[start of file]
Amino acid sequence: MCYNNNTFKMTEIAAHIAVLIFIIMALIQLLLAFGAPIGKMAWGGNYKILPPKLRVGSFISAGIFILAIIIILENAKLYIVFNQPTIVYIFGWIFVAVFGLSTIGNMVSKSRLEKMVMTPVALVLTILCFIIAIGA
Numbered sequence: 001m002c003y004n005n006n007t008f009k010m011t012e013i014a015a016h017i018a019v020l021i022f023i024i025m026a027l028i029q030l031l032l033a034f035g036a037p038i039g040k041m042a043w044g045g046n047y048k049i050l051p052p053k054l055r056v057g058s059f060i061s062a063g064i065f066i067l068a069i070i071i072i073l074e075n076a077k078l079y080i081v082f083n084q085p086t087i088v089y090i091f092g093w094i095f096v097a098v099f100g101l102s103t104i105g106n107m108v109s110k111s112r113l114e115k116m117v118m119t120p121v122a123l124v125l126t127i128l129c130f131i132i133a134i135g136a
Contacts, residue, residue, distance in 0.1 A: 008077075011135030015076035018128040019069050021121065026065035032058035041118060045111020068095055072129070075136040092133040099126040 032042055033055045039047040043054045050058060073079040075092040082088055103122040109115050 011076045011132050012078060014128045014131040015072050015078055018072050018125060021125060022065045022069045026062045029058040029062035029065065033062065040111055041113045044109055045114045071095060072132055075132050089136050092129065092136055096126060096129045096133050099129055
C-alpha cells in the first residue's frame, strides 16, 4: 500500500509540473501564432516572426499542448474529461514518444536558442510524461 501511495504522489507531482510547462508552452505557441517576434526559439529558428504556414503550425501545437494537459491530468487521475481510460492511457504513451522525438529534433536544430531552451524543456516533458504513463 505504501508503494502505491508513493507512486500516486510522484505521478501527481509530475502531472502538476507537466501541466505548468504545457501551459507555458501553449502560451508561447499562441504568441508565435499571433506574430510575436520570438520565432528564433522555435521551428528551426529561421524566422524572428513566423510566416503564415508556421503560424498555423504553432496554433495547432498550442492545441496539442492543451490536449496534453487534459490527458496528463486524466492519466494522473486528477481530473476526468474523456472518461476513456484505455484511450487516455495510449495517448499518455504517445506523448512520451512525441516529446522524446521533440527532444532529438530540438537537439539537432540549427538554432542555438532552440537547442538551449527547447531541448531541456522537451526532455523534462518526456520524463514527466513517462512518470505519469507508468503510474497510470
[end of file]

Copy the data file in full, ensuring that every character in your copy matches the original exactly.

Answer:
Amino acid sequence: MCYNNNTFKMTEIAAHIAVLIFIIMALIQLLLAFGAPIGKMAWGGNYKILPPKLRVGSFISAGIFILAIIIILENAKLYIVFNQPTIVYIFGWIFVAVFGLSTIGNMVSKSRLEKMVMTPVALVLTILCFIIAIGA
Numbered sequence: 001m002c003y004n005n006n007t008f009k010m011t012e013i014a015a016h017i018a019v020l021i022f023i024i025m026a027l028i029q030l031l032l033a034f035g036a037p038i039g040k041m042a043w044g045g046n047y048k049i050l051p052p053k054l055r056v057g058s059f060i061s062a063g064i065f066i067l068a069i070i071i072i073l074e075n076a077k078l079y080i081v082f083n084q085p086t087i088v089y090i091f092g093w094i095f096v097a098v099f100g101l102s103t104i105g106n107m108v109s110k111s112r113l114e115k116m117v118m119t120p121v122a123l124v125l126t127i128l129c130f131i132i133a134i135g136a
Contacts, residue, residue, distance in 0.1 A: 008077075011135030015076035018128040019069050021121065026065035032058035041118060045111020068095055072129070075136040092133040099126040 032042055033055045039047040043054045050058060073079040075092040082088055103122040109115050 011076045011132050012078060014128045014131040015072050015078055018072050018125060021125060022065045022069045026062045029058040029062035029065065033062065040111055041113045044109055045114045071095060072132055075132050089136050092129065092136055096126060096129045096133050099129055
C-alpha cells in the first residue's frame, strides 16, 4: 500500500509540473501564432516572426499542448474529461514518444536558442510524461 501511495504522489507531482510547462508552452505557441517576434526559439529558428504556414503550425501545437494537459491530468487521475481510460492511457504513451522525438529534433536544430531552451524543456516533458504513463 505504501508503494502505491508513493507512486500516486510522484505521478501527481509530475502531472502538476507537466501541466505548468504545457501551459507555458501553449502560451508561447499562441504568441508565435499571433506574430510575436520570438520565432528564433522555435521551428528551426529561421524566422524572428513566423510566416503564415508556421503560424498555423504553432496554433495547432498550442492545441496539442492543451490536449496534453487534459490527458496528463486524466492519466494522473486528477481530473476526468474523456472518461476513456484505455484511450487516455495510449495517448499518455504517445506523448512520451512525441516529446522524446521533440527532444532529438530540438537537439539537432540549427538554432542555438532552440537547442538551449527547447531541448531541456522537451526532455523534462518526456520524463514527466513517462512518470505519469507508468503510474497510470